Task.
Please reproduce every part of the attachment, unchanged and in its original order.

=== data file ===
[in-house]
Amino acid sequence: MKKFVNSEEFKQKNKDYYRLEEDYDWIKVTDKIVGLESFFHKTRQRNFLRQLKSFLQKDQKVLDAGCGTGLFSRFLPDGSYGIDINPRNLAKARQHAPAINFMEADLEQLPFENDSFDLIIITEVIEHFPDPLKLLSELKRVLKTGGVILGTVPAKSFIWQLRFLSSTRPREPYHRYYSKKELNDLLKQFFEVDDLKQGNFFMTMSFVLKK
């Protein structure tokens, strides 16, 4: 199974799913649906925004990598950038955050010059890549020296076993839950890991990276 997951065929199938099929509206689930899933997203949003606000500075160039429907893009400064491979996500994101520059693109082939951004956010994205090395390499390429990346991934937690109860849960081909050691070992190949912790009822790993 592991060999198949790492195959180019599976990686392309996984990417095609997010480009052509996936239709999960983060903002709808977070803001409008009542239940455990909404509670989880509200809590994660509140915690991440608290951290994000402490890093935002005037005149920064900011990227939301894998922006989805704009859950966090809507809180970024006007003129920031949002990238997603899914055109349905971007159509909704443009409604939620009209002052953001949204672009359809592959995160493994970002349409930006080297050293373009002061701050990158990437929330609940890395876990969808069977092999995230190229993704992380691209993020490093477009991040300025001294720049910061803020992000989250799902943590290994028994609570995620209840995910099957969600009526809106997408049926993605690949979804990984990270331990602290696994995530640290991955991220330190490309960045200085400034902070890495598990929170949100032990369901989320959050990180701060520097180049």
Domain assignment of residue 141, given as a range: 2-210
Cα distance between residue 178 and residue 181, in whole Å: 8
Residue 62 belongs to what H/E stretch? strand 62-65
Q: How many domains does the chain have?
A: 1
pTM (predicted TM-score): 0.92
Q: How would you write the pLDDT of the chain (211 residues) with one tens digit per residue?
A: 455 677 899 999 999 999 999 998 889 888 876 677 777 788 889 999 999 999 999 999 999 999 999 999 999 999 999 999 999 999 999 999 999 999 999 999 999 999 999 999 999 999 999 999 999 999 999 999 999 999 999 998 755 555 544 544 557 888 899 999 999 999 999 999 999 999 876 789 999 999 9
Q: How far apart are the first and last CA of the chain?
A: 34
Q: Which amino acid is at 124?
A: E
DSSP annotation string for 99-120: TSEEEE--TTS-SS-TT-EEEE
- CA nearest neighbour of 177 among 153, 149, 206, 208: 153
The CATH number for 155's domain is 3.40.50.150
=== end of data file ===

[in-house]
Amino acid sequence: MKKFVNSEEFKQKNKDYYRLEEDYDWIKVTDKIVGLESFFHKTRQRNFLRQLKSFLQKDQKVLDAGCGTGLFSRFLPDGSYGIDINPRNLAKARQHAPAINFMEADLEQLPFENDSFDLIIITEVIEHFPDPLKLLSELKRVLKTGGVILGTVPAKSFIWQLRFLSSTRPREPYHRYYSKKELNDLLKQFFEVDDLKQGNFFMTMSFVLKK
């Protein structure tokens, strides 16, 4: 199974799913649906925004990598950038955050010059890549020296076993839950890991990276 997951065929199938099929509206689930899933997203949003606000500075160039429907893009400064491979996500994101520059693109082939951004956010994205090395390499390429990346991934937690109860849960081909050691070992190949912790009822790993 592991060999198949790492195959180019599976990686392309996984990417095609997010480009052509996936239709999960983060903002709808977070803001409008009542239940455990909404509670989880509200809590994660509140915690991440608290951290994000402490890093935002005037005149920064900011990227939301894998922006989805704009859950966090809507809180970024006007003129920031949002990238997603899914055109349905971007159509909704443009409604939620009209002052953001949204672009359809592959995160493994970002349409930006080297050293373009002061701050990158990437929330609940890395876990969808069977092999995230190229993704992380691209993020490093477009991040300025001294720049910061803020992000989250799902943590290994028994609570995620209840995910099957969600009526809106997408049926993605690949979804990984990270331990602290696994995530640290991955991220330190490309960045200085400034902070890495598990929170949100032990369901989320959050990180701060520097180049």
Domain assignment of residue 141, given as a range: 2-210
Cα distance between residue 178 and residue 181, in whole Å: 8
Residue 62 belongs to what H/E stretch? strand 62-65
Q: How many domains does the chain have?
A: 1
pTM (predicted TM-score): 0.92
Q: How would you write the pLDDT of the chain (211 residues) with one tens digit per residue?
A: 455 677 899 999 999 999 999 998 889 888 876 677 777 788 889 999 999 999 999 999 999 999 999 999 999 999 999 999 999 999 999 999 999 999 999 999 999 999 999 999 999 999 999 999 999 999 999 999 999 999 999 998 755 555 544 544 557 888 899 999 999 999 999 999 999 999 876 789 999 999 9
Q: How far apart are the first and last CA of the chain?
A: 34
Q: Which amino acid is at 124?
A: E
DSSP annotation string for 99-120: TSEEEE--TTS-SS-TT-EEEE
- CA nearest neighbour of 177 among 153, 149, 206, 208: 153
The CATH number for 155's domain is 3.40.50.150